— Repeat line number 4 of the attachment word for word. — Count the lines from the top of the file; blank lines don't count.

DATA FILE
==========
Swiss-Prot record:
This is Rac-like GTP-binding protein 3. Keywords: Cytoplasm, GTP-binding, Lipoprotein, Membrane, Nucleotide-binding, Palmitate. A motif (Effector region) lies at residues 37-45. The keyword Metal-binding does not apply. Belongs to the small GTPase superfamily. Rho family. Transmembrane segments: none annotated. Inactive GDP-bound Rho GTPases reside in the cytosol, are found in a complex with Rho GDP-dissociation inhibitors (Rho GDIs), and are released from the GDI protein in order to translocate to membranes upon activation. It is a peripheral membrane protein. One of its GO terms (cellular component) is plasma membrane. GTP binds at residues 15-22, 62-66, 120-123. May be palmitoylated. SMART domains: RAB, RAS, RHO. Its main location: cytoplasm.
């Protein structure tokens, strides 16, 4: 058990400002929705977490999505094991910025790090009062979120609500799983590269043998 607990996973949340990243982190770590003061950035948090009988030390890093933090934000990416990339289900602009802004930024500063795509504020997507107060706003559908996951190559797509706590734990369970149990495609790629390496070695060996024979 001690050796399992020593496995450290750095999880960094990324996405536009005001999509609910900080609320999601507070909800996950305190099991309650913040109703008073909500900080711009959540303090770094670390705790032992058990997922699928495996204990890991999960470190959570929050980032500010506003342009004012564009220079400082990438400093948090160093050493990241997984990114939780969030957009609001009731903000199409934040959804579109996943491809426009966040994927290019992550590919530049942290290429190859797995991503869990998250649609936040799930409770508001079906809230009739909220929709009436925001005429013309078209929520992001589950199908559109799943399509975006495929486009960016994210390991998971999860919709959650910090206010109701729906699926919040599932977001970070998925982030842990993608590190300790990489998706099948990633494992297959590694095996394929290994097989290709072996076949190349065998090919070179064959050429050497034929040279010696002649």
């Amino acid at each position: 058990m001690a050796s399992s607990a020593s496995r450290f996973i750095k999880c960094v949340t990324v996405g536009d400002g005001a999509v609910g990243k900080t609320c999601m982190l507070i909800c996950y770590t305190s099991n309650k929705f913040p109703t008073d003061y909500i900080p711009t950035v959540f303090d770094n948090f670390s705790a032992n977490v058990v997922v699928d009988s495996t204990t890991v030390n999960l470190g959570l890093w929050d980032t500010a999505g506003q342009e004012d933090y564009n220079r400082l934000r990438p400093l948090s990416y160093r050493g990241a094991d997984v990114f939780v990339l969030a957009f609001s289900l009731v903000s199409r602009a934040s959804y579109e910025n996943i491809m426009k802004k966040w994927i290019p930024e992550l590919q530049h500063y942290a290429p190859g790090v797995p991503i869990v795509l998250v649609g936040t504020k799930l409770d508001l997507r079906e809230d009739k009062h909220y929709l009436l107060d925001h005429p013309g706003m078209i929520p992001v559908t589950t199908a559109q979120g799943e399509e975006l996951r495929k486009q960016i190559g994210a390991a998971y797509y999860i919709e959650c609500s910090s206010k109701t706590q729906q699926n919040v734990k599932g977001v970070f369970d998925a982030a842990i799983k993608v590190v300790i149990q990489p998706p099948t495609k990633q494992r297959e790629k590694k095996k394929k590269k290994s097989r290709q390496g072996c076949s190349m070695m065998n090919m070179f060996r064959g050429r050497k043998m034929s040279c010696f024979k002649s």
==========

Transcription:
């Amino acid at each position: 058990m001690a050796s399992s607990a020593s496995r450290f996973i750095k999880c960094v949340t990324v996405g536009d400002g005001a999509v609910g990243k900080t609320c999601m982190l507070i909800c996950y770590t305190s099991n309650k929705f913040p109703t008073d003061y909500i900080p711009t950035v959540f303090d770094n948090f670390s705790a032992n977490v058990v997922v699928d009988s495996t204990t890991v030390n999960l470190g959570l890093w929050d980032t500010a999505g506003q342009e004012d933090y564009n220079r400082l934000r990438p400093l948090s990416y160093r050493g990241a094991d997984v990114f939780v990339l969030a957009f609001s289900l009731v903000s199409r602009a934040s959804y579109e910025n996943i491809m426009k802004k966040w994927i290019p930024e992550l590919q530049h500063y942290a290429p190859g790090v797995p991503i869990v795509l998250v649609g936040t504020k799930l409770d508001l997507r079906e809230d009739k009062h909220y929709l009436l107060d925001h005429p013309g706003m078209i929520p992001v559908t589950t199908a559109q979120g799943e399509e975006l996951r495929k486009q960016i190559g994210a390991a998971y797509y999860i919709e959650c609500s910090s206010k109701t706590q729906q699926n919040v734990k599932g977001v970070f369970d998925a982030a842990i799983k993608v590190v300790i149990q990489p998706p099948t495609k990633q494992r297959e790629k590694k095996k394929k590269k290994s097989r290709q390496g072996c076949s190349m070695m065998n090919m070179f060996r064959g050429r050497k043998m034929s040279c010696f024979k002649s």